Sumatra's jungle foliage stayed with us right up to the village of Mutun's narrow, white sand beach.
Though I could not identify it conclusively, standing on the beach looking out over the bay, I felt the prescence of one of the most spectral births of a land mass on planet earth, the island of Krakatoa: The massive volcanic eruption of Krakatoa in August 1863 sent tidal waves killing more than 36,000 people in the island inlets off the coasts of Sumatra and Java. In the days that followed this cataclysmic upheaval, Krakatoa generated waves traveling and recorded at points as far distant as the English Channel.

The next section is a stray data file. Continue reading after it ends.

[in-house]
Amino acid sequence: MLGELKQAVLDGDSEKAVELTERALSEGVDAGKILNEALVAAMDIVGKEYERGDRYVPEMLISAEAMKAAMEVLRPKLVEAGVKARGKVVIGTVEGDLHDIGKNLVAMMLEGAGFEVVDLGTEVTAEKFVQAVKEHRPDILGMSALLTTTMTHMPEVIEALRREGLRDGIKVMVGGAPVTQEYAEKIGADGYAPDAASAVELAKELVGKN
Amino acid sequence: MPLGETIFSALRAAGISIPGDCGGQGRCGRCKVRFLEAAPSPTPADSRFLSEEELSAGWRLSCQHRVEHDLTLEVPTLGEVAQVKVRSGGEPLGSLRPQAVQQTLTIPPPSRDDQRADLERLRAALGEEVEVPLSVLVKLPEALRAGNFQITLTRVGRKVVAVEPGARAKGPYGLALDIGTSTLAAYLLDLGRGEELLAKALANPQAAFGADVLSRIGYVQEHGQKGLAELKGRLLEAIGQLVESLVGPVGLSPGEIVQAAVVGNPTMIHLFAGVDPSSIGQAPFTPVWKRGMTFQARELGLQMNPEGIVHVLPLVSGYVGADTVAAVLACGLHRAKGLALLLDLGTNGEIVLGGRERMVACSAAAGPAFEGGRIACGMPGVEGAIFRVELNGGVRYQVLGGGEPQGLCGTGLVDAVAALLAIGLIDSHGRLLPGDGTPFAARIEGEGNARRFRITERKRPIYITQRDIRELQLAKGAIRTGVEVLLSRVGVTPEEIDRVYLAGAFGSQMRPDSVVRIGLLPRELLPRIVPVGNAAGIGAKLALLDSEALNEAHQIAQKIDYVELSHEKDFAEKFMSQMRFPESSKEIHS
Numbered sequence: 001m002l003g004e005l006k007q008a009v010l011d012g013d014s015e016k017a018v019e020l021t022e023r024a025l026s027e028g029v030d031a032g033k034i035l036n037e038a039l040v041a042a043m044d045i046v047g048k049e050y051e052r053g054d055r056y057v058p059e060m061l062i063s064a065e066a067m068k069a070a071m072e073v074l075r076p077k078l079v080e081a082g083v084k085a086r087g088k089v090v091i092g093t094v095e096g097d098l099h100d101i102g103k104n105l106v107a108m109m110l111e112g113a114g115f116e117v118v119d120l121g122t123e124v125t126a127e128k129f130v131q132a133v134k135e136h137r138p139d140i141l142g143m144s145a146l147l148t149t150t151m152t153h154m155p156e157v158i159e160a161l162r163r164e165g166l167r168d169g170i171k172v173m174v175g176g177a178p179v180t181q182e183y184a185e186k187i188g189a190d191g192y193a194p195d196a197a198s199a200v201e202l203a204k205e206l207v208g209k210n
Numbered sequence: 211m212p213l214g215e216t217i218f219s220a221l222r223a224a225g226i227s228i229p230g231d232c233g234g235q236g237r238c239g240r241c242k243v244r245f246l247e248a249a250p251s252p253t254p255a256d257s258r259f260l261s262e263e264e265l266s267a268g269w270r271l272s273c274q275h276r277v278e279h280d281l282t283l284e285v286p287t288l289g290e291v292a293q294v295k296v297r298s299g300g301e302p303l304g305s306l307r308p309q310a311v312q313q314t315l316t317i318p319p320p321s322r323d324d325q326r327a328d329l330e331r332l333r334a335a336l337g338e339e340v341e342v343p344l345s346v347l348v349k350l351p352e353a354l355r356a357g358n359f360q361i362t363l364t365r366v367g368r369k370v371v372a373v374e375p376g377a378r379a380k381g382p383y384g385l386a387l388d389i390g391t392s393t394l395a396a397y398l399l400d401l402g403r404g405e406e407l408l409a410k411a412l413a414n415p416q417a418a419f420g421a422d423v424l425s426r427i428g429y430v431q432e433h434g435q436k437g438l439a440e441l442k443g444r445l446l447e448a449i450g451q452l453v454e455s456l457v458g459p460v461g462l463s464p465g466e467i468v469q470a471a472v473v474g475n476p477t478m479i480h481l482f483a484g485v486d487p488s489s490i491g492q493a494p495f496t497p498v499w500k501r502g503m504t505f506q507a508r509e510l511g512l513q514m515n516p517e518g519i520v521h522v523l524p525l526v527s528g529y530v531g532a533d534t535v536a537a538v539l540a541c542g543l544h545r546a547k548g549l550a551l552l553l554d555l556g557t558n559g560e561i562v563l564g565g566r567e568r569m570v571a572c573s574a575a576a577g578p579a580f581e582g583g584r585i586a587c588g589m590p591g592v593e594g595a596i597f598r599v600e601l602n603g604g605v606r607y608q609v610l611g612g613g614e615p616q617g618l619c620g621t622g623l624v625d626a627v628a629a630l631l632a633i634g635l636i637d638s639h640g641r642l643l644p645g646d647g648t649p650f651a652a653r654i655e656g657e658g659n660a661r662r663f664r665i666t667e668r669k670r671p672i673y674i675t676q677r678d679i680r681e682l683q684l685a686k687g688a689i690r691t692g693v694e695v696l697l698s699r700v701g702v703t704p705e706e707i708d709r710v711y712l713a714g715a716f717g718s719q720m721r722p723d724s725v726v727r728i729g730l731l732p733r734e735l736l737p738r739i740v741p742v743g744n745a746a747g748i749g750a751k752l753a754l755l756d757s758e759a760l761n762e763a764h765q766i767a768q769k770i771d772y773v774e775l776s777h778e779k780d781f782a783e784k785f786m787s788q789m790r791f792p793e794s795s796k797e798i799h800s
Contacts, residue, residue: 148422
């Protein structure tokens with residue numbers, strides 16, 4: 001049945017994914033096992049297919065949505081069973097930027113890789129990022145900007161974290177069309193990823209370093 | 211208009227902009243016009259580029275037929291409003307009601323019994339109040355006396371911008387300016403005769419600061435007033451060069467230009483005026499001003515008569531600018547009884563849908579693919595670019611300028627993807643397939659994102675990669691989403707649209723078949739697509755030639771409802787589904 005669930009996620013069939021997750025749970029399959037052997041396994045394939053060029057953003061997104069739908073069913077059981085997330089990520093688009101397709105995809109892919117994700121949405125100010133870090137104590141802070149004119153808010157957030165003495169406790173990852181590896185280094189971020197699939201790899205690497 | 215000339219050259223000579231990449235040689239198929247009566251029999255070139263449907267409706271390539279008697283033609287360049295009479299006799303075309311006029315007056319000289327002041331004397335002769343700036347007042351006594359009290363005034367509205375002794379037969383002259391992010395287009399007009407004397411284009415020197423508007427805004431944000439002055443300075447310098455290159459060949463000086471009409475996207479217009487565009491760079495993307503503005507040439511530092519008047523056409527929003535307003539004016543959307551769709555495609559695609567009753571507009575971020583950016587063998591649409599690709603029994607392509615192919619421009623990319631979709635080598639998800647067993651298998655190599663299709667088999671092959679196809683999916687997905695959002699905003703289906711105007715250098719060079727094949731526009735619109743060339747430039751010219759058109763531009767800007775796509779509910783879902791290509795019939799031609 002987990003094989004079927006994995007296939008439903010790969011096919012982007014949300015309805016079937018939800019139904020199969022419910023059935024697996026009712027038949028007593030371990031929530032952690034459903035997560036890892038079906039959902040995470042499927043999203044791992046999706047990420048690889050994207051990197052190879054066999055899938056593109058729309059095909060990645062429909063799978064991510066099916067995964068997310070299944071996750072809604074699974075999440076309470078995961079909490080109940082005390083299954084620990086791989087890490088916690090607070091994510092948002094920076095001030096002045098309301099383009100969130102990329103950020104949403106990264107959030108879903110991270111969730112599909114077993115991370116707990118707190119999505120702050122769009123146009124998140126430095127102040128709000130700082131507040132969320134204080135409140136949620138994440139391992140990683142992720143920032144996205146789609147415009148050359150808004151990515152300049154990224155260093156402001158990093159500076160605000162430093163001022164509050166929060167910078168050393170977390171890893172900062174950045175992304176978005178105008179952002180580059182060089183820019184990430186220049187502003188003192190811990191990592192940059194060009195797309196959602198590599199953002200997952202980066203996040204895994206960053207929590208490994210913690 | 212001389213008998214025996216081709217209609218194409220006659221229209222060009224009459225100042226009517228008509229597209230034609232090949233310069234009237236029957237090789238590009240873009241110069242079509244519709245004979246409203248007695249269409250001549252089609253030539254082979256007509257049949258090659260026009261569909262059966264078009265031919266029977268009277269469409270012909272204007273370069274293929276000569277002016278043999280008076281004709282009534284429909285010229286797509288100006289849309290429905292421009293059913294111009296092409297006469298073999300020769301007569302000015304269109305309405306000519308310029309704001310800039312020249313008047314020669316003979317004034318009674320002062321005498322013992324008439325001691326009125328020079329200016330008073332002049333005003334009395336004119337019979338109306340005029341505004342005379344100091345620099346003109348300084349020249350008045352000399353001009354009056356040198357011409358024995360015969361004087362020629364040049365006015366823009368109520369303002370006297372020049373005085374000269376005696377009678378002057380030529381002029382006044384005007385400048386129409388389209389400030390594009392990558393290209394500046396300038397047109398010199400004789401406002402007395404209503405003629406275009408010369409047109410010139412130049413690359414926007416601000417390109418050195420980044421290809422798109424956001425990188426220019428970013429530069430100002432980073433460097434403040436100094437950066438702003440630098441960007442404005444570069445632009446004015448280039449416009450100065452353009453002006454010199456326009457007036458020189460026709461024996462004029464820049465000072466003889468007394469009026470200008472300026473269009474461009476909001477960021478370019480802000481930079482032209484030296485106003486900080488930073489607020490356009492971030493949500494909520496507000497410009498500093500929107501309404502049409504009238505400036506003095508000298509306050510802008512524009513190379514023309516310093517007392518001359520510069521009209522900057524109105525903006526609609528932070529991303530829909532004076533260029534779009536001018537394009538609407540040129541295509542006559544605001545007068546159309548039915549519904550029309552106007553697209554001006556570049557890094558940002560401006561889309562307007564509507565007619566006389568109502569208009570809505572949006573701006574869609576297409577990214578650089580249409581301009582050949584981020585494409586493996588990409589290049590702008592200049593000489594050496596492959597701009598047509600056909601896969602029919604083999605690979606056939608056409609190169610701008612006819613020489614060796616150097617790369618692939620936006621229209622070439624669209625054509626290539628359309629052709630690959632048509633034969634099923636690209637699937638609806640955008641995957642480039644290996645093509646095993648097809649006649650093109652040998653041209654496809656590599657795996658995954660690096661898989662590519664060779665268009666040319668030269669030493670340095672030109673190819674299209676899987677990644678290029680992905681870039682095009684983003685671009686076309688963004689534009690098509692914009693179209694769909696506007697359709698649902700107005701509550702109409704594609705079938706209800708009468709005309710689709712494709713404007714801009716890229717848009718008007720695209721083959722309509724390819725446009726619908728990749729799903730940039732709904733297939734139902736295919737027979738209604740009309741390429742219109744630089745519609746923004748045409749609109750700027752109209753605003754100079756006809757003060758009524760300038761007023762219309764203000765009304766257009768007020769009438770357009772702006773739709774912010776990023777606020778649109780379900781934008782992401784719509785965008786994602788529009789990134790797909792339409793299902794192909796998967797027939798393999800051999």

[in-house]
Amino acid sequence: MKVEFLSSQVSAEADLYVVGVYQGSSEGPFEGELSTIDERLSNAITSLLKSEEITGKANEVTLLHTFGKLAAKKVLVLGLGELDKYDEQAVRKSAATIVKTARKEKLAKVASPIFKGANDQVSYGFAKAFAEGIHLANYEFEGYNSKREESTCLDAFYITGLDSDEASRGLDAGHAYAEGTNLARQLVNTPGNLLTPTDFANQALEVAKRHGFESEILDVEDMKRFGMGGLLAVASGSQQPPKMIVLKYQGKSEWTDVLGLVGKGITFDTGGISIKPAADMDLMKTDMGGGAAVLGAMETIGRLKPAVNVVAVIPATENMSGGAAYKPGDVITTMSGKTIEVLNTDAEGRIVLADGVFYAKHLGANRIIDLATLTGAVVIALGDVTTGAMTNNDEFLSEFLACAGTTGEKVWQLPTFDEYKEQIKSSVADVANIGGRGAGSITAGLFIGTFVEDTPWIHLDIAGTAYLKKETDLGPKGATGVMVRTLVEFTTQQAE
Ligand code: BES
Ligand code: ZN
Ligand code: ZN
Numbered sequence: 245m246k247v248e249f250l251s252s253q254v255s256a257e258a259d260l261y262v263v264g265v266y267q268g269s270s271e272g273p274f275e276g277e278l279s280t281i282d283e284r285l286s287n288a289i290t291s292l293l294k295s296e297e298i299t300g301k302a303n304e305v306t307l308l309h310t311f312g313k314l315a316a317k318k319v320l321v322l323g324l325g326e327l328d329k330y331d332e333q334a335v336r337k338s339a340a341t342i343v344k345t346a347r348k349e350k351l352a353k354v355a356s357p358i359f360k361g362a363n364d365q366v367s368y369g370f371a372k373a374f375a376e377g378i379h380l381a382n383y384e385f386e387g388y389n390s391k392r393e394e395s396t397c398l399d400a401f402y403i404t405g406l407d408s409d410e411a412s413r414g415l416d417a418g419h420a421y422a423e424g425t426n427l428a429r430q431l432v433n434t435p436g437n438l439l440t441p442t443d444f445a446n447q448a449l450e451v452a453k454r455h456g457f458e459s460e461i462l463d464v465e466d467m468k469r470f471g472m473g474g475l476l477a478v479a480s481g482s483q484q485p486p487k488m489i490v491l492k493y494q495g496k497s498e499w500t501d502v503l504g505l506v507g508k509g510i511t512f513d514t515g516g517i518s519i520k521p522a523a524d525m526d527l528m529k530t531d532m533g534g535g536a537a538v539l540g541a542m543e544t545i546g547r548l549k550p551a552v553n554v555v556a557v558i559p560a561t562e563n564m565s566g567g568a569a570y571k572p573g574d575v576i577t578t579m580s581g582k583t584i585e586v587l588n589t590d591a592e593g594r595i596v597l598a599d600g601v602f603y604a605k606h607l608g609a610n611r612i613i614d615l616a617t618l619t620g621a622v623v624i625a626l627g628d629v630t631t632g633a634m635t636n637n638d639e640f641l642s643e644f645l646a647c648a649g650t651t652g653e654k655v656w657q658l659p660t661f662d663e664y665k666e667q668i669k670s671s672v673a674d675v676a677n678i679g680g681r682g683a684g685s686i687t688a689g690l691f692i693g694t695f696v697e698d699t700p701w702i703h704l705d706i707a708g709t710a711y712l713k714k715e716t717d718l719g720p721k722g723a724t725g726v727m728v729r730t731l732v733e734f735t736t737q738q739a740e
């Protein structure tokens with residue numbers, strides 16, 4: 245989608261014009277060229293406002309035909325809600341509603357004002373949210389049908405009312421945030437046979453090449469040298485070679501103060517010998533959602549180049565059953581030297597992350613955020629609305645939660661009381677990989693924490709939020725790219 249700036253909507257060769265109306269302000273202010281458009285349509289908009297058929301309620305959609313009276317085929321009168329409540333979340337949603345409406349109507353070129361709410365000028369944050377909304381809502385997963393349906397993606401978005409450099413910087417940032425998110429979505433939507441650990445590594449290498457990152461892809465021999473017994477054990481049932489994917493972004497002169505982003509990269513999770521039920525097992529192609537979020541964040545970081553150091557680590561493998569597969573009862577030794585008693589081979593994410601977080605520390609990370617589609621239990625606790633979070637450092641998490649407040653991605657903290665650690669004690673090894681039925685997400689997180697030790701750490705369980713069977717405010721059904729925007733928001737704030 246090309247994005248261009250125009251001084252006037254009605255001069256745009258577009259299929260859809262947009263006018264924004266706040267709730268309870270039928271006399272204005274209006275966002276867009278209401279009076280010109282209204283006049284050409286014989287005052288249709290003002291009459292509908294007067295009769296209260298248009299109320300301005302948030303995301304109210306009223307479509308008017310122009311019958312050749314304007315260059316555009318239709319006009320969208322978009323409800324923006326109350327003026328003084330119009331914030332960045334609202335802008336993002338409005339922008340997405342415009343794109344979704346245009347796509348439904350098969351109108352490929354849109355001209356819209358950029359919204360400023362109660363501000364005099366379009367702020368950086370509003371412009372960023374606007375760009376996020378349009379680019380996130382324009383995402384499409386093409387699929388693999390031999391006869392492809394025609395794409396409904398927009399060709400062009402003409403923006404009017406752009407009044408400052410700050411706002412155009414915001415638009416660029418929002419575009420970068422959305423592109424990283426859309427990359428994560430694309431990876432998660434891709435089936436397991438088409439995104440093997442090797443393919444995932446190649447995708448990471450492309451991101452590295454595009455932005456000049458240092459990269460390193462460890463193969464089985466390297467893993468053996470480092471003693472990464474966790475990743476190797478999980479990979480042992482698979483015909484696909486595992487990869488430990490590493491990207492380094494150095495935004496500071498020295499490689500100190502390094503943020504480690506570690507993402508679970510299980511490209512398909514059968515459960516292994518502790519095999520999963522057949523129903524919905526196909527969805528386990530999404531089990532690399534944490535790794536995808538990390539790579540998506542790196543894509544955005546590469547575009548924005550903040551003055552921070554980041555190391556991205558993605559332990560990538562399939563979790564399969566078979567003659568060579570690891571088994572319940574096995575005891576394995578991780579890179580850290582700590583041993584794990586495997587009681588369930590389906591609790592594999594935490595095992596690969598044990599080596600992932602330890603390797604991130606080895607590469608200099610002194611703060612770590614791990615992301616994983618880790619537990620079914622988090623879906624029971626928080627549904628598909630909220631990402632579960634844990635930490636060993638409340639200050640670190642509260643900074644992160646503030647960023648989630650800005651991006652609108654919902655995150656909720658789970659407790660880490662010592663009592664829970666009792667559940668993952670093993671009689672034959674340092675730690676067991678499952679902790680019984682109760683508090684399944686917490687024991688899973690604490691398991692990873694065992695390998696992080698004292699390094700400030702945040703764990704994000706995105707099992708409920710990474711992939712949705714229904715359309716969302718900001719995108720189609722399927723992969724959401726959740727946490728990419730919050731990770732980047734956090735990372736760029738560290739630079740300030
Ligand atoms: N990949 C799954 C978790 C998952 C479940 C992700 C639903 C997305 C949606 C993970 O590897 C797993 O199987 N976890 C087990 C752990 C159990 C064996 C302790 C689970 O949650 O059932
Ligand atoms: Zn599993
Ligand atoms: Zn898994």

Today, the bay waters were crystal clear, its surface as smooth as a mirror-a picture right out of the travel folders, and, as always, at the moment absorbed in the prospect of new (or old) kite lore, there wasn't another place on earth I needed or wanted to be.
As we drove up, a friendly, amiable young man named Anshory Djausal hailed us.